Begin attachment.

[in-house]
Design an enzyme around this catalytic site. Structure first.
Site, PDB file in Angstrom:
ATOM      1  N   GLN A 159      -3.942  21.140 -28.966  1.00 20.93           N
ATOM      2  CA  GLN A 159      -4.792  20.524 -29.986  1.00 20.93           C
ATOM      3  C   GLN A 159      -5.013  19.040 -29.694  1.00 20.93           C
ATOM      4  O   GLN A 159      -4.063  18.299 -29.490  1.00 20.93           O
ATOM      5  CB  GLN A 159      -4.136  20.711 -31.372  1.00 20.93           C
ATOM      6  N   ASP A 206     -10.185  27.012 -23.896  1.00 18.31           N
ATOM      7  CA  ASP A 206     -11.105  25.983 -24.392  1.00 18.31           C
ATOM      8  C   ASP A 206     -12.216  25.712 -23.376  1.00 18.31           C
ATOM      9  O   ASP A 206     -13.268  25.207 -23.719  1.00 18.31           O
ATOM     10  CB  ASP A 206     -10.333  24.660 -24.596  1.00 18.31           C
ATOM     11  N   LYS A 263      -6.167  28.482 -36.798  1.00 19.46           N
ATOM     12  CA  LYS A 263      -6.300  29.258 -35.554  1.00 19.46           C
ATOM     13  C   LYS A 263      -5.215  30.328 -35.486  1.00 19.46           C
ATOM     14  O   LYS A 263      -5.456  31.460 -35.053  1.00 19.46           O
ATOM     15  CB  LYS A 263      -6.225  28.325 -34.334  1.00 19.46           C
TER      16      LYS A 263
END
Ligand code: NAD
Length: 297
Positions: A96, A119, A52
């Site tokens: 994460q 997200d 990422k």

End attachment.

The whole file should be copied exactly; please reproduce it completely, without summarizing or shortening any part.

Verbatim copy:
[in-house]
Design an enzyme around this catalytic site. Structure first.
Site, PDB file in Angstrom:
ATOM      1  N   GLN A 159      -3.942  21.140 -28.966  1.00 20.93           N
ATOM      2  CA  GLN A 159      -4.792  20.524 -29.986  1.00 20.93           C
ATOM      3  C   GLN A 159      -5.013  19.040 -29.694  1.00 20.93           C
ATOM      4  O   GLN A 159      -4.063  18.299 -29.490  1.00 20.93           O
ATOM      5  CB  GLN A 159      -4.136  20.711 -31.372  1.00 20.93           C
ATOM      6  N   ASP A 206     -10.185  27.012 -23.896  1.00 18.31           N
ATOM      7  CA  ASP A 206     -11.105  25.983 -24.392  1.00 18.31           C
ATOM      8  C   ASP A 206     -12.216  25.712 -23.376  1.00 18.31           C
ATOM      9  O   ASP A 206     -13.268  25.207 -23.719  1.00 18.31           O
ATOM     10  CB  ASP A 206     -10.333  24.660 -24.596  1.00 18.31           C
ATOM     11  N   LYS A 263      -6.167  28.482 -36.798  1.00 19.46           N
ATOM     12  CA  LYS A 263      -6.300  29.258 -35.554  1.00 19.46           C
ATOM     13  C   LYS A 263      -5.215  30.328 -35.486  1.00 19.46           C
ATOM     14  O   LYS A 263      -5.456  31.460 -35.053  1.00 19.46           O
ATOM     15  CB  LYS A 263      -6.225  28.325 -34.334  1.00 19.46           C
TER      16      LYS A 263
END
Ligand code: NAD
Length: 297
Positions: A96, A119, A52
């Site tokens: 994460q 997200d 990422k």